Denmark’s financial regulator is looking into extending a deadline for banks that fail solvency tests to give them more time to find fresh capital and escape bankruptcy.
Banks, which now have 48 hours to come up with new capital if they fail an inspection by the Financial Supervisory Authority, could be given a grace period of up to three months if they commit to selling assets, issuing capital, restructuring their business or changing management, according to Ulrik Noedgaard, the Copenhagen-based FSA’s general director.
“We’ll have a more patient approach,” Noedgaard said in an interview in Copenhagen. “If the board is ahead of the curve, we would clearly just stay away and, if nothing happens, then we would get closer to the process and potentially issue orders.”
The strategy constitutes an about-face for the agency, whose aggressive enforcement has led the industry to allege some banks were prematurely shut down. The FSA has declared more than a dozen banks insolvent since Denmark’s property bubble burst in 2008. The regulator argues banks failed to take big enough writedowns to reflect the slump in the real estate market. House prices have collapsed about 25 percent since their peak in 2007, government figures show.
A softer approach from Denmark’s financial watchdog reflects concern globally that banks may need more time to comply with tougher rules as much of Europe sinks into a recession. Denmark’s economy barely grew last quarter while a contraction in the three months through June was deeper than previously estimated, the statistics office said today. Gross domestic product expanded 0.1 percent on the quarter and shrank 0.7 percent in the previous period, it said.
In the U.S., regulators said earlier this month they won’t meet a Jan. 1 deadline for capital requirements, prompting the European Banking Federation to ask European Union Commissioner Michel Barnier for a delay.
The Danish FSA’s proposal to give banks more time to raise capital is under consideration in parliament, along with a more stringent method for calculating solvency requirements.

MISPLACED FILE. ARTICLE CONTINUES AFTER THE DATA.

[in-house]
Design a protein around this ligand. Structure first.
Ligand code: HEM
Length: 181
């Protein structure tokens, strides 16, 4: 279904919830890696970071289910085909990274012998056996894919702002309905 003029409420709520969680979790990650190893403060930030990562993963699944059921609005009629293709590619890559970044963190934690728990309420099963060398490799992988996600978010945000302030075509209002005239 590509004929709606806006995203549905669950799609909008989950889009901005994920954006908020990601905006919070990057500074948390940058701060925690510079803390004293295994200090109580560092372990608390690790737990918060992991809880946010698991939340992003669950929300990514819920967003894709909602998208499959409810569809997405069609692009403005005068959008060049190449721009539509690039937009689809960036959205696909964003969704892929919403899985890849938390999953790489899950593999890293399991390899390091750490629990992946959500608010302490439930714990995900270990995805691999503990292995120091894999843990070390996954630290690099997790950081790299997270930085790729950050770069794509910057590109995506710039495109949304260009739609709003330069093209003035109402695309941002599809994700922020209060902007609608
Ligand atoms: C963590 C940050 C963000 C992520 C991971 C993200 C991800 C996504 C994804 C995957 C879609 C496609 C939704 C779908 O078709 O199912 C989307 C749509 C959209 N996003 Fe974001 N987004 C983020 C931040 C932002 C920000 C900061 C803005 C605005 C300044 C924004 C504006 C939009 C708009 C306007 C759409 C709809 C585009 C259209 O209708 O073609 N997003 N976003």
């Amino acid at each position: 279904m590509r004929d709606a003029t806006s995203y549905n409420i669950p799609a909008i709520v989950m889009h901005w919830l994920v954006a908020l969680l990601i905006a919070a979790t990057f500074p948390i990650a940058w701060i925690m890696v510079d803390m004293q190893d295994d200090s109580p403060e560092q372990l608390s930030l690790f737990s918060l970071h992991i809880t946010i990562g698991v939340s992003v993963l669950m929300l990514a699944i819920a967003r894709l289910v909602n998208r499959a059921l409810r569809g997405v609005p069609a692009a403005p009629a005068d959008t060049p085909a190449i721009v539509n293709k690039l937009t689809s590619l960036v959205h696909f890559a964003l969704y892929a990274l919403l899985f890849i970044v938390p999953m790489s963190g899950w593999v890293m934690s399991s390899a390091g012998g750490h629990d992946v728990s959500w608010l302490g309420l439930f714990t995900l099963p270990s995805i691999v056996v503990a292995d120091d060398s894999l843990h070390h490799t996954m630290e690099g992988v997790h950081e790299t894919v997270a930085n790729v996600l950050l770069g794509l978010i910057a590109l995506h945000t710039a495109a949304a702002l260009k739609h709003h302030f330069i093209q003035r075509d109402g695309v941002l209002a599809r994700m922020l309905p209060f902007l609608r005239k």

Shares in Danske Bank A/S, Denmark’s biggest lender, rose 1 percent to 97.90 kroner as of 11:01 a.m. in Copenhagen, their highest level since Oct. 30. That compares with little change in the 38-member Bloomberg index of European financial stocks. An index of Danish bank shares rose 0.6 percent, also the highest since the end of October.
Denmark last year became the first country in Europe to enforce bail-in legislation, leading to senior creditor losses after the FSA declared Amagerbanken A/S and Fjordbank Mors A/S insolvent. Nordea Bank AB (NDA) Chief Executive Officer Christian Clausen, who is also the president of the European Banking Federation, said last month that stricter writedown rules imposed by the FSA in April were “extreme” in a global context.
“Here in Denmark, our approach so far has been quite tough compared to what you see in other countries,” said Noedgaard, who became head of the FSA in 2009. The proposal now to take a “more patient approach,” will be “a really big change,” he said.
The shift “fits well with the timing,” Noedgaard said. “We are currently in a quite stressed situation for the banks.”
Continued failures have revived concerns among investors that Denmark’s banking crisis is far from over. Toender Bank A/S, a regional lender close to the German border, failed earlier this month after the FSA said bad loans were 10 times the size those reported by the bank. It was taken over by Sydbank A/S, Denmark’s third-biggest listed lender.
Danish banks pay more to fund themselves than their rivals in neighboring Sweden and Norway. Credit default swaps on Danske Bank A/S, Denmark’s biggest lender, traded at about 150 basis points this week, or about 60 basis points higher than contracts insuring against a default on senior notes issued by Sweden’s Nordea.
Danske is fighting for so-called Sifi designation, arguing that a systemically important financial institution would not be allowed to fail by the government. Making that point clear to investors would help reduce its funding costs, Chief Executive Officer Eivind Kolding said in an interview earlier this month.
Roughly a quarter of Danish banks don’t generate enough core earnings to cover average industry writedowns, the FSA estimates. About 3.2 percent of the country’s lenders are under “intensified supervision” because they risk failing to meet their solvency requirements, according to the agency.
Three regional banks (DANSKE) failed the central bank’s latest stress test, published Oct. 25. A fourth bank would be close to breaching capital rules, while the nation’s four biggest lenders, including Danske, all passed.
Including mergers, the number of Danish banks has dropped by 28 percent, to about 106, since the crisis started, according to FSA figures. The numbers don’t include mortgage banks, which operate under separate licenses in Denmark.
The FSA wants to preserve its right to intervene and even shut down a bank if it fails to show it’s making appropriate efforts to turn around its business, Noedgaard said.
“You have to come up with a plan,” Noedgaard said. If that doesn’t work, “we should have increased authority if the necessary actions aren’t taken, so that we would take the necessary actions,” he said.
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